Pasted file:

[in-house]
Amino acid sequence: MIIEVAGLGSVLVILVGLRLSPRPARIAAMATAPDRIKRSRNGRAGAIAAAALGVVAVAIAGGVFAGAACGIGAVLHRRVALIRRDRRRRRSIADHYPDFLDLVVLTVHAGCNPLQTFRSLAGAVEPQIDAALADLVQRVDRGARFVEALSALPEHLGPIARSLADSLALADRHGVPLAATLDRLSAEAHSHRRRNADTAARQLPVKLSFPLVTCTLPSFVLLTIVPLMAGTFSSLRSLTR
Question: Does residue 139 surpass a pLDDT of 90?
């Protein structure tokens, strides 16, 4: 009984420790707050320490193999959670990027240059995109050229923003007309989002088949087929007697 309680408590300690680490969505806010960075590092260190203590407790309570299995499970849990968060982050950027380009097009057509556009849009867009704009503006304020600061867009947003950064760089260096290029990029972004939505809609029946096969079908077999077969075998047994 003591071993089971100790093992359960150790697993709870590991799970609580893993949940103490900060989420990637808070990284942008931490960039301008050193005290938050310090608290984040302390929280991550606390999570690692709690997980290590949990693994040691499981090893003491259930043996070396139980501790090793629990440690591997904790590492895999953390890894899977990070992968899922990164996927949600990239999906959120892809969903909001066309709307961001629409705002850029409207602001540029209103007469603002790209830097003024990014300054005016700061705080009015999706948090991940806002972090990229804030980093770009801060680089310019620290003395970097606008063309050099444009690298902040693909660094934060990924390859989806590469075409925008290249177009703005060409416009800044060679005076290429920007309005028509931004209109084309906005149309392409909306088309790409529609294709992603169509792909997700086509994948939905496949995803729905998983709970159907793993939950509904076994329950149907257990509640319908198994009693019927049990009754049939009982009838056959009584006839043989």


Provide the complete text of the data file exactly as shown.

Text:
[in-house]
Amino acid sequence: MIIEVAGLGSVLVILVGLRLSPRPARIAAMATAPDRIKRSRNGRAGAIAAAALGVVAVAIAGGVFAGAACGIGAVLHRRVALIRRDRRRRRSIADHYPDFLDLVVLTVHAGCNPLQTFRSLAGAVEPQIDAALADLVQRVDRGARFVEALSALPEHLGPIARSLADSLALADRHGVPLAATLDRLSAEAHSHRRRNADTAARQLPVKLSFPLVTCTLPSFVLLTIVPLMAGTFSSLRSLTR
Question: Does residue 139 surpass a pLDDT of 90?
């Protein structure tokens, strides 16, 4: 009984420790707050320490193999959670990027240059995109050229923003007309989002088949087929007697 309680408590300690680490969505806010960075590092260190203590407790309570299995499970849990968060982050950027380009097009057509556009849009867009704009503006304020600061867009947003950064760089260096290029990029972004939505809609029946096969079908077999077969075998047994 003591071993089971100790093992359960150790697993709870590991799970609580893993949940103490900060989420990637808070990284942008931490960039301008050193005290938050310090608290984040302390929280991550606390999570690692709690997980290590949990693994040691499981090893003491259930043996070396139980501790090793629990440690591997904790590492895999953390890894899977990070992968899922990164996927949600990239999906959120892809969903909001066309709307961001629409705002850029409207602001540029209103007469603002790209830097003024990014300054005016700061705080009015999706948090991940806002972090990229804030980093770009801060680089310019620290003395970097606008063309050099444009690298902040693909660094934060990924390859989806590469075409925008290249177009703005060409416009800044060679005076290429920007309005028509931004209109084309906005149309392409909306088309790409529609294709992603169509792909997700086509994948939905496949995803729905998983709970159907793993939950509904076994329950149907257990509640319908198994009693019927049990009754049939009982009838056959009584006839043989």